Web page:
When asked why the organization targets charter schools—that is, public schools that have greater freedom in academic programming, organization, and mission—Will is quick to point out that traditional public schools, charter schools, private schools, and Montessori schools alike all can succeed if families, teachers, and school leaders feel passionately about the mission and are aligned behind it. "What charter schools allow is to let it happen freely, without the restriction of traditional settings," he says. "They show what's possible when you give local stakeholders the freedom and accountability to do what's best for their kids."
At Roxbury Prep, that includes kids like Wilson, who moved to Roxbury from the Dominican Republic the summer before sixth grade, never having attended school or learned a word of English. By the end of seventh grade, he had scored an Advanced level on the English Language Arts MCAS exam. Four Roxbury Prep students successfully completed the rigorous national application process for a scholarship from the Jack Kent Cooke Foundation, earning free tuition for life. And there's Titciana Barros, once one of Will's own students at Roxbury Prep and now its 6th-grade math problem-solving teacher.
"These students are not exceptional—they're exemplary," Will is quick to point out. "Ninety-nine percent of our students graduate high school, and two-thirds have graduated or enrolled in college. So these students are not highlights, but rather examples of the excellence their peers have produced."
Outside School Walls
In addition to his accomplishments at Roxbury Prep, Will was involved in the passage of Massachusetts' 2010 Education Reform Act, which effectively doubled the number of charter schools in the state's lowest-performing districts and also gave superintendents greater power to make sweeping changes in their lowest-performing schools. "Being part of a wide coalition of people who were able to advocate effectively to open more great schools for kids in Boston and other low-income communities—that is my proudest accomplishment," he says. "It's really nice to have been a part of systemic change on both ends—playing a role in broader policy forces with the decision makers but at same time, at the school level, changing individuals' lives who then change their communities. I'm proud of that."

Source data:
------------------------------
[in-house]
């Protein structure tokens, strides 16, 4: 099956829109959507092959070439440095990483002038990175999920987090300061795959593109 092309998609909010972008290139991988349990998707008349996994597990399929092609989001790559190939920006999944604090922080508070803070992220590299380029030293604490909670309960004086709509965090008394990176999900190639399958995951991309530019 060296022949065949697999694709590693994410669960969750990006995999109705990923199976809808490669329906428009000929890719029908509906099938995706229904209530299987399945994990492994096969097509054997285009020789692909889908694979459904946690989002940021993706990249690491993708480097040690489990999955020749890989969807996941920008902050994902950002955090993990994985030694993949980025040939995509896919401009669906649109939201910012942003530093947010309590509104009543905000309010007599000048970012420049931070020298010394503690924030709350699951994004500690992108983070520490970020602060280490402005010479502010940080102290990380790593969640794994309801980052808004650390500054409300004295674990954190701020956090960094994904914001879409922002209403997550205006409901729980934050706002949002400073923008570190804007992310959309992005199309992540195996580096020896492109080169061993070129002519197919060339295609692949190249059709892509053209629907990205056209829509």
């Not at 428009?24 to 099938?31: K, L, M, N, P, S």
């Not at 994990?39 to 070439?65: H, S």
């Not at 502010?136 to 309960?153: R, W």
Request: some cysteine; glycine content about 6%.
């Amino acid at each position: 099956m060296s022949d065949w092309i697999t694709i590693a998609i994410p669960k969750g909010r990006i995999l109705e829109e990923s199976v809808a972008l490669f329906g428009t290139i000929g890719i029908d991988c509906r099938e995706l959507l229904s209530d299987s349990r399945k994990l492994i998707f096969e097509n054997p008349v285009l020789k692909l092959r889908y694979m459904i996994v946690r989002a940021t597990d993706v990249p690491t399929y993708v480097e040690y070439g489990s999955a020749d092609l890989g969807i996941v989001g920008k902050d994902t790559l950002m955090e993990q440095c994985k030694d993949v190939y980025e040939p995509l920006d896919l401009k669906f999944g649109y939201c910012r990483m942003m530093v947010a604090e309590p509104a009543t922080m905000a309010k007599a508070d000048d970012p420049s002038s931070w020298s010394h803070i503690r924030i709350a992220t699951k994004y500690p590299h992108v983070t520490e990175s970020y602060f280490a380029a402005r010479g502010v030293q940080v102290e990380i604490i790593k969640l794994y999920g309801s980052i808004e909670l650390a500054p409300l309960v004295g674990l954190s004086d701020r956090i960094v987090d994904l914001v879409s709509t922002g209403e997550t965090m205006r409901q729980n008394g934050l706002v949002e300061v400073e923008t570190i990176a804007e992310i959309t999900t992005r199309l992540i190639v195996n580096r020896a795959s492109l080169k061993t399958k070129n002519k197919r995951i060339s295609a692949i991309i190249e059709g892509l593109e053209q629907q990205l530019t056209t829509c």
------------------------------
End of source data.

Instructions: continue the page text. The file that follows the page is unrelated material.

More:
Other decision makers Will is delighted to be engaged with in effecting social change are his fellow members of Grand Circle Foundation's Community Advisory Group (CAG). "One of the things that's really challenging around education and social services is that there's often a debate around what outcomes we should have rather than how do we get the outcomes we want for kids," he points out.
The Community Advisory Group, on the other hand, is aligned around a clear goal: to measurably increase high school and college graduation rates among students from Boston's Allston, Dorchester, Mattapan, and Roxbury neighborhoods who participate in CAG programs.
"I really appreciate everyone agrees that it matters what kids' SAT scores are, it matters what graduation rates are," says Will. "These things matter, and we're going to commit ourselves to that standard. It's a way for me personally and my organization generally to learn from them in order to make our services better and serve our kids better."
Maury Peterson, Vice President of Grand Circle Foundation, is quick to acknowledge that Will, too, has valuable input to share with the group. "He has a great passion for what he's doing, and he consistently delivers results," says Maury. "As a new member of our group, he has a great deal to share."
While Will loves his work, he also makes sure to find balance by spending time with his family. A passion for public education is a bond he shares with his wife, whom he met in high school. "We've been together longer than we have not been," Will says. "At a young age, that's saying something!"
Will also enjoys spending time with their 19-month-old son. "When I'm not at work, I'm with my family," he says.
Certainly, Will's joy in his work has made a big difference in the lives of students at Roxbury Prep. Still, he remains humble about his accomplishments. "One of the things I say to staff members here is that one of the real privileges I have is to represent the good work they do and their kids do every day," he says. "I'm in a very fortunate position to be associated with these results. I just like to think I'm being helpful."
Featured in our October 2011 E-Newsletter. Read the full issue here.